Norway, Sweden Suspend Moderna Covid-19 Vaccine for Young Adults Over Side Effects
Norway and Sweden are advising men younger than age 30 and all people under 18 years old to avoid taking the Moderna COVID-19 vaccine because of its rare association with myocarditis and endocarditis.
Analyses of reported adverse reactions from the U.S. “have suggested that myocarditis may be more frequent when using Moderna’s vaccine as a second dose” than using the Pfizer-BioNTech vaccine, “but the numbers have been small and therefore uncertain,” said Geir Bukholm, deputy director general at the Norwegian Institute of Public Health.
“New monitoring data from Ontario, Canada, substantiates that this observation is correct, and preliminary monitoring data from Norway, Sweden and other countries could indicate the same,” he said.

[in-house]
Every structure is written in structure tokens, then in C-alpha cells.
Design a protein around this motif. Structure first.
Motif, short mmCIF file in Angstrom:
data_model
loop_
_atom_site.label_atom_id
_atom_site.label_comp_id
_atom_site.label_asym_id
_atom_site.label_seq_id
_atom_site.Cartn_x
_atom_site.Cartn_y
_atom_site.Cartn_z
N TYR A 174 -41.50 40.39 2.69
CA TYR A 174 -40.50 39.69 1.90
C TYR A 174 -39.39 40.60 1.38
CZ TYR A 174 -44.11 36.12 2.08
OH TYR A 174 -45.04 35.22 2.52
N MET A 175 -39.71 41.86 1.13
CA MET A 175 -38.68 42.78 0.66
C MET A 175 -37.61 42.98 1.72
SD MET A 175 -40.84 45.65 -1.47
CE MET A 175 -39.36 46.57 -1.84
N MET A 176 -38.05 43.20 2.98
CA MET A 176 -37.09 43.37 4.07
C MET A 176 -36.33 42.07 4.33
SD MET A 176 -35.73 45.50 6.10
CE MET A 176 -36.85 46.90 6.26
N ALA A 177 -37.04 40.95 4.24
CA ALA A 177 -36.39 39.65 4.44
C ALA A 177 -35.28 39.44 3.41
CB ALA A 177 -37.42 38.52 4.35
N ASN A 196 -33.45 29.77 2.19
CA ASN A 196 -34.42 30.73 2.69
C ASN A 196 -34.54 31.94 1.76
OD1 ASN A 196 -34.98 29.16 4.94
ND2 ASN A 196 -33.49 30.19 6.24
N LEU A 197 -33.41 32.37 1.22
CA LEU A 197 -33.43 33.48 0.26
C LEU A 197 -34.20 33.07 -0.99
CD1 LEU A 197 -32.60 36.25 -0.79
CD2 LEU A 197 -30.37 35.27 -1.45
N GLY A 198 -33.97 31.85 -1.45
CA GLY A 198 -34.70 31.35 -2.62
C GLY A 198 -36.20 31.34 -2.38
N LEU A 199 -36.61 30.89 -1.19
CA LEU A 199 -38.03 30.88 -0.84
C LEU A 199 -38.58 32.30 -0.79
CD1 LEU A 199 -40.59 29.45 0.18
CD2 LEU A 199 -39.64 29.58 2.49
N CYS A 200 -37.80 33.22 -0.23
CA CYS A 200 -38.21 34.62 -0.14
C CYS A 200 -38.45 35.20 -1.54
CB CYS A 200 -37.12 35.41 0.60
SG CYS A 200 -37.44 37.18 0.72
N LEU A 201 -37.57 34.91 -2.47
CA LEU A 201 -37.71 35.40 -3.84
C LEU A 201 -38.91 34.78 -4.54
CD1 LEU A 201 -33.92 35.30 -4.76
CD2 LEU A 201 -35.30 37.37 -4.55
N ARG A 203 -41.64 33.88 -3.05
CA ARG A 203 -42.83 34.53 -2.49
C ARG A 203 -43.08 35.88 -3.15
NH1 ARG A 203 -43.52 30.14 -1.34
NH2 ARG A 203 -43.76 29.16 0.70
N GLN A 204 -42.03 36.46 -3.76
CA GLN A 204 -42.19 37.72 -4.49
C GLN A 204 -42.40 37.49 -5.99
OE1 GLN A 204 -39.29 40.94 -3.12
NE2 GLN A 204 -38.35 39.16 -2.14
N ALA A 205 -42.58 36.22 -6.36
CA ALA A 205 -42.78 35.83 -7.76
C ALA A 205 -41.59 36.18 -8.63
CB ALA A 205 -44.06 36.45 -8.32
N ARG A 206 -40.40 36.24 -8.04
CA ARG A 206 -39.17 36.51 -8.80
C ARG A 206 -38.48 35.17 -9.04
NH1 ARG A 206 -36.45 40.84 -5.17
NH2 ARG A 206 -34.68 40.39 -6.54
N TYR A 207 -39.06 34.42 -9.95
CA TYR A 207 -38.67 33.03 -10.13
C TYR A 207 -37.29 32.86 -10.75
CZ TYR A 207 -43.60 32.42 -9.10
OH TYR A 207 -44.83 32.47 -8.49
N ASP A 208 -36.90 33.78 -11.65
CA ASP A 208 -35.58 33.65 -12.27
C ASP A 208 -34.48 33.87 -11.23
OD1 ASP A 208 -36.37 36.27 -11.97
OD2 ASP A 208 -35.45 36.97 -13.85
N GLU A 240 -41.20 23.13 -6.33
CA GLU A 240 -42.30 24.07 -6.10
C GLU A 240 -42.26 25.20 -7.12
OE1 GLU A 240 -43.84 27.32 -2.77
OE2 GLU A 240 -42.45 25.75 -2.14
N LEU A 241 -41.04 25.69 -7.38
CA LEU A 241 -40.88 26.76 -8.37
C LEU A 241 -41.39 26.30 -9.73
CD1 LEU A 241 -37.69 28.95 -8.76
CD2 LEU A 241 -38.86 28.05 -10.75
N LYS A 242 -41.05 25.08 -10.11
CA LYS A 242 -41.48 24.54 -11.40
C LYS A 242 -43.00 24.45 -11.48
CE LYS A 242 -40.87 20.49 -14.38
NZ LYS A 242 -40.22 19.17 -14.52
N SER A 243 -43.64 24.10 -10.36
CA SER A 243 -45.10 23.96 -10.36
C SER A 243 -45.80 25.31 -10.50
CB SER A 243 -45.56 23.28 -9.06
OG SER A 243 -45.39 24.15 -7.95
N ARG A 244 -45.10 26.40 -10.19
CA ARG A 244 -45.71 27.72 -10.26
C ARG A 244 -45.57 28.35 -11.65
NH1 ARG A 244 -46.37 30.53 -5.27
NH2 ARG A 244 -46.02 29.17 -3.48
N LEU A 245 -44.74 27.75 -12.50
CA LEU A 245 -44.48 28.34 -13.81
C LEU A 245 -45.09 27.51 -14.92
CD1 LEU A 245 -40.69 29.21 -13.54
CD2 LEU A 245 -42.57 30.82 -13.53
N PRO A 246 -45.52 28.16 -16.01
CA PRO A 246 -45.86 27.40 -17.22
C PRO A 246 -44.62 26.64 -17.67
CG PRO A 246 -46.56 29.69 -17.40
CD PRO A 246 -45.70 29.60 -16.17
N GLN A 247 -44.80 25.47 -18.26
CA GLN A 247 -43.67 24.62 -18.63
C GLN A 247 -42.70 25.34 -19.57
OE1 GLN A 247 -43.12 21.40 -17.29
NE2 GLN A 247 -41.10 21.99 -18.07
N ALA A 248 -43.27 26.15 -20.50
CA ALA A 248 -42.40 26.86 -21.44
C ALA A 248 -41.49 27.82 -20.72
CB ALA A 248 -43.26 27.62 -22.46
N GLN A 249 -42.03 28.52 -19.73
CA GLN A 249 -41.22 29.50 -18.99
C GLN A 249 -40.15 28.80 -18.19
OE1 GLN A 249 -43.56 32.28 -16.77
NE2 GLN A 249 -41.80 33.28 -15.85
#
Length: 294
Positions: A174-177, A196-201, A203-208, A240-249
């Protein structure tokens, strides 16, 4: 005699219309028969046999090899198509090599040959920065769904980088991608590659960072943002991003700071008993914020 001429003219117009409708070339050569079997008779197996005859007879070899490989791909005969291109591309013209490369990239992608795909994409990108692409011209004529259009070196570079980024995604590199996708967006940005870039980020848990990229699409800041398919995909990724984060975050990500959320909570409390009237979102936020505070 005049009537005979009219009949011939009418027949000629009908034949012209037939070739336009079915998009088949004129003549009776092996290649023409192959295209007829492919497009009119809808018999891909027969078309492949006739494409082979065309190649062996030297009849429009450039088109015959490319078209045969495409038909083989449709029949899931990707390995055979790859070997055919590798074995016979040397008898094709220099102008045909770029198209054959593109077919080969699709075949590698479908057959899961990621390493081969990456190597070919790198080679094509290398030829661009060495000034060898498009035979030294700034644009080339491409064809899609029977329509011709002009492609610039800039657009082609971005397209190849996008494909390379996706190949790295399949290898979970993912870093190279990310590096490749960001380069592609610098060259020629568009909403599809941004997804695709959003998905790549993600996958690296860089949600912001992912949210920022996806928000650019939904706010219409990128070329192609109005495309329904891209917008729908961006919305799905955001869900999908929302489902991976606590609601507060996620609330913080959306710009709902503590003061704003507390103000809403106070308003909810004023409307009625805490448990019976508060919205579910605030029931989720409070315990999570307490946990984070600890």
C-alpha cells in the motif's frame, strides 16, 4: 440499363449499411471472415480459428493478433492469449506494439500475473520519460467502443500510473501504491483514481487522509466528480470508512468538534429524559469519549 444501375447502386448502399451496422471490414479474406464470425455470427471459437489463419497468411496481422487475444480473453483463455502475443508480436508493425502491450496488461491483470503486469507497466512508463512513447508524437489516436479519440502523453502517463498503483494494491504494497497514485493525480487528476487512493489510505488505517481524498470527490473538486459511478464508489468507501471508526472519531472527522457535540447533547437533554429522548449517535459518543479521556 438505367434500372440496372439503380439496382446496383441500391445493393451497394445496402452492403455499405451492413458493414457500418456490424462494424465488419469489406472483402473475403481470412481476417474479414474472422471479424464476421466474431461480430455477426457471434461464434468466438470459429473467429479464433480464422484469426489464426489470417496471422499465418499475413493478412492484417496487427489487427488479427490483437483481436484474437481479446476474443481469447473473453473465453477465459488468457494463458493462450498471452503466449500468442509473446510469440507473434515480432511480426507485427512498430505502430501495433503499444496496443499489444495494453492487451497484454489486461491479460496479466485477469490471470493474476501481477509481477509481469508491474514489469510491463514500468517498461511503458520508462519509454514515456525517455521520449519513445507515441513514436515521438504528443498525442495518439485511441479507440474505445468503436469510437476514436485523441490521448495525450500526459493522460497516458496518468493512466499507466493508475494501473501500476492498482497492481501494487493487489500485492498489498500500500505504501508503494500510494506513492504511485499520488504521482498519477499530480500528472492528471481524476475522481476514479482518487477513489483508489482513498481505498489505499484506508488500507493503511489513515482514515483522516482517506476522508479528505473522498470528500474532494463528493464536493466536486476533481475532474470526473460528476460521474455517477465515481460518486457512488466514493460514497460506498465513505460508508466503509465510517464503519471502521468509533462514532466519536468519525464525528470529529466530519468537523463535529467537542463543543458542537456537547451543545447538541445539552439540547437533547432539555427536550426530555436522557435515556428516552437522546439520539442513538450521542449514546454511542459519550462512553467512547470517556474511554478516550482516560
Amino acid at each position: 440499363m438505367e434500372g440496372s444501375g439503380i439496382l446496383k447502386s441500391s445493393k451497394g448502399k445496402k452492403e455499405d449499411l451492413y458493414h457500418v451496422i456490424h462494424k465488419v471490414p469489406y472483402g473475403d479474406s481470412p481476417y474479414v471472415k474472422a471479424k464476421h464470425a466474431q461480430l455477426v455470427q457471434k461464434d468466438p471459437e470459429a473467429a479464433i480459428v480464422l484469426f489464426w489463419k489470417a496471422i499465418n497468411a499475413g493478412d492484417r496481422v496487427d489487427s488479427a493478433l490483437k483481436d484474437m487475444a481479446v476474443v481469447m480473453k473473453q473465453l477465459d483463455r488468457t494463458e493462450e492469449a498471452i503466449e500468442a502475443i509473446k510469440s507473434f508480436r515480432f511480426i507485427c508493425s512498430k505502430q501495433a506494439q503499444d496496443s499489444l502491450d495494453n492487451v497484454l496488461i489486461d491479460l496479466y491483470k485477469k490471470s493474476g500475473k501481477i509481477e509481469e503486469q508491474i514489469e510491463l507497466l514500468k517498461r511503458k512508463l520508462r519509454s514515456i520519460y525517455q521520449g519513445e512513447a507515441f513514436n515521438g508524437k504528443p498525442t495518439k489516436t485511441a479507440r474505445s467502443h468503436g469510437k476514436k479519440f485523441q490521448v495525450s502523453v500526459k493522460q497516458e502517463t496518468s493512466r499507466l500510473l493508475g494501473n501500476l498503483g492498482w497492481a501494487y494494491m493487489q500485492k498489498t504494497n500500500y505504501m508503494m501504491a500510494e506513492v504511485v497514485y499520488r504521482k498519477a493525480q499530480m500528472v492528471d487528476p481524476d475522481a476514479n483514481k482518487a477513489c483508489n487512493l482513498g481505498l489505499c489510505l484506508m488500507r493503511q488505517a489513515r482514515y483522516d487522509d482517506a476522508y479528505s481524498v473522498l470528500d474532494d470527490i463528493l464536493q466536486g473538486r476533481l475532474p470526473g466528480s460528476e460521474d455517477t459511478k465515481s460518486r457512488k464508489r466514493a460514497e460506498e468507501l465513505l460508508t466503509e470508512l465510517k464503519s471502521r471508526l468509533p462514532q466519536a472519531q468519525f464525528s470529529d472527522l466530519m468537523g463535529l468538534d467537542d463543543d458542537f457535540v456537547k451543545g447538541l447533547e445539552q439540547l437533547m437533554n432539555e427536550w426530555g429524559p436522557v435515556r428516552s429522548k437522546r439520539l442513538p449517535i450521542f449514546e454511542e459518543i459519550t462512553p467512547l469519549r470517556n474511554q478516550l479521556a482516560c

The varying reporting systems make it impossible to accurately determine the incidence of carditis, but “the side effect is rare and the absolute risk is still low,” he said.
Both of the mRNA vaccines used in the Norwegian coronavirus immunization program are “good and very effective, and provide a high degree of protection against severe COVID-19 infection,” although the Moderna vaccine does seem to provide marginally better protection against the Delta variant than the Pfizer vaccine, Bukholm said.
Nordic countries are collaborating on several large health registry analyses to detect and investigate rare COVID-19 vaccine side effects. While the combined data aren’t complete, Norwegian data suggest an increased incidence of cardiac inflammation after using the Moderna vaccine as a second dose.
Both governments already recommend the Pfizer vaccine for people aged 12-17 years. The new recommendation is that those under age 18 who received the Moderna first should have the Pfizer vaccine as their second dose. — Michele G. Sullivan